When Should Your Teen Start a Checking Account?
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Think back for a second. Your child was two or three, jabbering away at the dinner table and they reach across and grab your knife.
Yikes! They’re not ready for that.
But, as time went on, they were allowed a kid’s butter knife. And then they were allowed a real plate with a grownup butter knife, until one day they were allowed to cut their own steak with their own steak knife.
That transition didn’t happen overnight. No, it was years of helping them understand the purpose of the knife and the dangers of using it incorrectly.
Now, we’ve heard for years the phrase: “I don’t trust my kid with a checking account.” We aren’t going to argue, you know your child best, but don’t forget that there was a time you didn’t trust them with that knife at the dinner table either.
Maybe today your teen isn’t ready to have a debit card as they head out to the movies with friends.
But, that day is coming.
Your first checking account and debit card is just another pivotal moment in life. No longer are you having to stash away birthday cash into a piggy bank or under the mattress. Instead you have a secure place to save and spend.
It’s important to start teaching them now the purpose of a checking account, how to properly handle a debit card and the risks that come with overspending and not budgeting. Otherwise, they’ll go off to school or start their new job and have no idea how to save for things they need, pay bills on time or plan ahead for things they really want.
How do you get started?
- We recommend teens begin their first checking account around the age of 14, or at least a year before they get their first job. Understand that many of our 16 year old customers are getting jobs and employers are asking them about direct deposit. Use that time before job number one to set up the account . They’ll begin to feel comfortable with it before they have more money at their disposal.
- Start having money conversations with them. Ask things like:
- How much of my paycheck do you think goes to pay for taxes?
- Let’s say you’re 25, what would be your first step before you purchase something new?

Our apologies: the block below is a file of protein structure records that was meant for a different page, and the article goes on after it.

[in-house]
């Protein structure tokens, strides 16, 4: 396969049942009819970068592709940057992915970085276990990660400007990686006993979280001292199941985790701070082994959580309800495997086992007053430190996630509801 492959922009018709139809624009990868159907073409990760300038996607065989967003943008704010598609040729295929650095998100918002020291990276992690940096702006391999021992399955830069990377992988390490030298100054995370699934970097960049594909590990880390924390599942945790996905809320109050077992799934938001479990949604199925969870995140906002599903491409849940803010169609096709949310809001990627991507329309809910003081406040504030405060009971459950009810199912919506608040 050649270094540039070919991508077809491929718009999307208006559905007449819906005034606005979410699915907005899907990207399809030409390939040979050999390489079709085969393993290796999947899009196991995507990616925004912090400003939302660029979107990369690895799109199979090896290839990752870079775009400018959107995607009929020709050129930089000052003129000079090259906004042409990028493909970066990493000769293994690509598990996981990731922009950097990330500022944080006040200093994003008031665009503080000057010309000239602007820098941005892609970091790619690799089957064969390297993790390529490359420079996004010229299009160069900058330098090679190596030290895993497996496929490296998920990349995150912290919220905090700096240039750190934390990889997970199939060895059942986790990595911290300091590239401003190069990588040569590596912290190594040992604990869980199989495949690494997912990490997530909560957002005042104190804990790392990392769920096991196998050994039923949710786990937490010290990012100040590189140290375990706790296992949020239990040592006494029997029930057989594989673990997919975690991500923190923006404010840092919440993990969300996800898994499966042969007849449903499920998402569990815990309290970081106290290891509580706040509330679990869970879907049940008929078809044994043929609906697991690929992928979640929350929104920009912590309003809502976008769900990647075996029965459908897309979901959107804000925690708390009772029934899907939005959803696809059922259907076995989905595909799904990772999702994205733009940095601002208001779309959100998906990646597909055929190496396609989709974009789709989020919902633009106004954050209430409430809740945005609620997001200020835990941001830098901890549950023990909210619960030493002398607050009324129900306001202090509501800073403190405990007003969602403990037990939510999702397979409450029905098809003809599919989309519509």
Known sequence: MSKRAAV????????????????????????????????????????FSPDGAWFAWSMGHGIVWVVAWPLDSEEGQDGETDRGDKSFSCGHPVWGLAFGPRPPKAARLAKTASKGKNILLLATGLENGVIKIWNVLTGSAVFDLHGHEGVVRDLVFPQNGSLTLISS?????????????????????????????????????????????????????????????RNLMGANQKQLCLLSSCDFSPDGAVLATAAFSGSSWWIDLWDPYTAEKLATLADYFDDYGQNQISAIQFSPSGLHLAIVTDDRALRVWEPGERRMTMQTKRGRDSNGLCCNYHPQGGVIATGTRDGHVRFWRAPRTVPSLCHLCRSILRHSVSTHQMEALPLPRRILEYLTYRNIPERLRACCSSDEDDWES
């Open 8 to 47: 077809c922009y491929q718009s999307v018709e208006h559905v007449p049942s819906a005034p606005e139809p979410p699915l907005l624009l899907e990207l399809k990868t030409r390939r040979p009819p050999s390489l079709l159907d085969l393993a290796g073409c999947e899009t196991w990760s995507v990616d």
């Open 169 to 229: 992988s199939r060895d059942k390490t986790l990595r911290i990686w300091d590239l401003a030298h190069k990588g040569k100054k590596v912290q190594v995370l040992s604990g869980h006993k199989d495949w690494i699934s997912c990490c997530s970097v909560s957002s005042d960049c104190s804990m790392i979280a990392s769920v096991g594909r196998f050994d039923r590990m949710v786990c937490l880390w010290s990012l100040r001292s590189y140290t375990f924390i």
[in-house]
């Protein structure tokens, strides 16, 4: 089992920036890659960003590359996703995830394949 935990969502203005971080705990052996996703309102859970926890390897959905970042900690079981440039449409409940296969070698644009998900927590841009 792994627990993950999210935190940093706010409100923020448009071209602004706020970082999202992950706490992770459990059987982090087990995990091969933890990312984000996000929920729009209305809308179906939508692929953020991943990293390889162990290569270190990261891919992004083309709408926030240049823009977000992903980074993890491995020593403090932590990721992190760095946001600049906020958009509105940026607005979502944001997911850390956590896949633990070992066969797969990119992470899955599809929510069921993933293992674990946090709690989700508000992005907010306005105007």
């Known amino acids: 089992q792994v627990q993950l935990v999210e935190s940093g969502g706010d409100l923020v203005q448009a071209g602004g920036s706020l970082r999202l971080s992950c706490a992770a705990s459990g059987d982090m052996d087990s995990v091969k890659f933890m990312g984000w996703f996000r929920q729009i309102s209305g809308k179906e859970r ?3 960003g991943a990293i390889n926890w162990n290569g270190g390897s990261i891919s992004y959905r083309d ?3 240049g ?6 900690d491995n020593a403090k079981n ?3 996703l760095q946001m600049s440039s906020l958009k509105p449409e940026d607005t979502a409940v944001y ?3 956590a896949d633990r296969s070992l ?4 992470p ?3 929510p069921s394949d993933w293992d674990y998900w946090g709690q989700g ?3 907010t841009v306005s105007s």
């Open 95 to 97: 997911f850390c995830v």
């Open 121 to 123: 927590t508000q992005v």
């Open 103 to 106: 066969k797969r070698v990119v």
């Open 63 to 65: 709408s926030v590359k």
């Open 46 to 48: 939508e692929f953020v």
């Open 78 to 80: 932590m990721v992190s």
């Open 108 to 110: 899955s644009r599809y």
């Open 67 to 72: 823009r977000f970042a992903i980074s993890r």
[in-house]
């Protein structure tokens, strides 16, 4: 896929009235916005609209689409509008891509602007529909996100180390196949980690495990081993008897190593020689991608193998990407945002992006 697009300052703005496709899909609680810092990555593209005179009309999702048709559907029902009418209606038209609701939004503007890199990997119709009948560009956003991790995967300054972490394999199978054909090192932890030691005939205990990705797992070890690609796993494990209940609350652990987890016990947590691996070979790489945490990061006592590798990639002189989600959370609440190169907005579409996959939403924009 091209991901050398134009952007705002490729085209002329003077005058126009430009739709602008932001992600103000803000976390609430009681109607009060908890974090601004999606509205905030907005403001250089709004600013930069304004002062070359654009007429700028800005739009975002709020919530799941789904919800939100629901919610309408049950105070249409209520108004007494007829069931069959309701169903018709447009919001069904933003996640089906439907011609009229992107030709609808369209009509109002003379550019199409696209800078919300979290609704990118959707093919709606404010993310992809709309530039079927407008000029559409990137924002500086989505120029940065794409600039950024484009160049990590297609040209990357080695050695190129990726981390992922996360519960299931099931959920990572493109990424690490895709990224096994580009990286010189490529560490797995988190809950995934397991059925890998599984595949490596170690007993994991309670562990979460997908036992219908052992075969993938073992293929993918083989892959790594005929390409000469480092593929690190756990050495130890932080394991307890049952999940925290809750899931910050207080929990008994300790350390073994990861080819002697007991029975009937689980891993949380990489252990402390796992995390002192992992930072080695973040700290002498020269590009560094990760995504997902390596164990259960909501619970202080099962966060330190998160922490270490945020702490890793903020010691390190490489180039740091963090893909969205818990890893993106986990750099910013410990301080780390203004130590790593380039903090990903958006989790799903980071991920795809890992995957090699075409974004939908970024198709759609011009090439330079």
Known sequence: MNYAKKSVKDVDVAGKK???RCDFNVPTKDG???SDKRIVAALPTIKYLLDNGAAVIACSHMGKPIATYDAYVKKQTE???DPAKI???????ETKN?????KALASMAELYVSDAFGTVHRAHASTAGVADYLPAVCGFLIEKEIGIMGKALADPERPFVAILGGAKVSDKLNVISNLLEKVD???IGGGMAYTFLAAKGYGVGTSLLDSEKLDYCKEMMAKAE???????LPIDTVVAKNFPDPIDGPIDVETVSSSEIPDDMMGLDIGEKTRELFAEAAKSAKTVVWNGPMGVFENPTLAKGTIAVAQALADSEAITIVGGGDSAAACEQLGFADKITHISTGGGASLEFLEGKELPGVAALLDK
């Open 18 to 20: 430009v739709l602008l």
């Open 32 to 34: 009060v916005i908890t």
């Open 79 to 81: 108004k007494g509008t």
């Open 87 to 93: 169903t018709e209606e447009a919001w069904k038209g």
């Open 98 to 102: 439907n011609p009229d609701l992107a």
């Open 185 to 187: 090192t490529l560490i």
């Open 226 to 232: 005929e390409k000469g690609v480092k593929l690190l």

- How much money do you think your dream job makes on average?
- What’s one thing you’d love to do or buy before the end of the year?
- Open the account with them and monitor it regularly. Teens need a legal guardian to open the checking account with them.
- Discuss and set boundaries for how and when they will be able to use their debit card. Will they be responsible for any bills they need to budget for (Car insurance? Car payment? Gas? School extracurriculars?) How often will you monitor the account? Will you have alerts set up to help you monitor it? Do you expect them to save so much of each paycheck? Discuss all of these items and more so they understand what is expected of them as they take on this new responsibility.
Trusting your child to use a steak knife didn’t happen without a few mishaps. And neither will trusting your teen with a checkbook and debit card. It’s a new responsibility that will take some discussion, questions and correction at times. When mistakes happen, and they will happen, help them understand how they could have managed their money a little more responsibly. It’s much better for them to learn these lessons now, rather than when they’re 30 and they don’t realize they’re overextending themselves with the house or car they’ve just purchased. Teach them now and they’ll thank you later (probably much later, I mean they are teenagers after all…)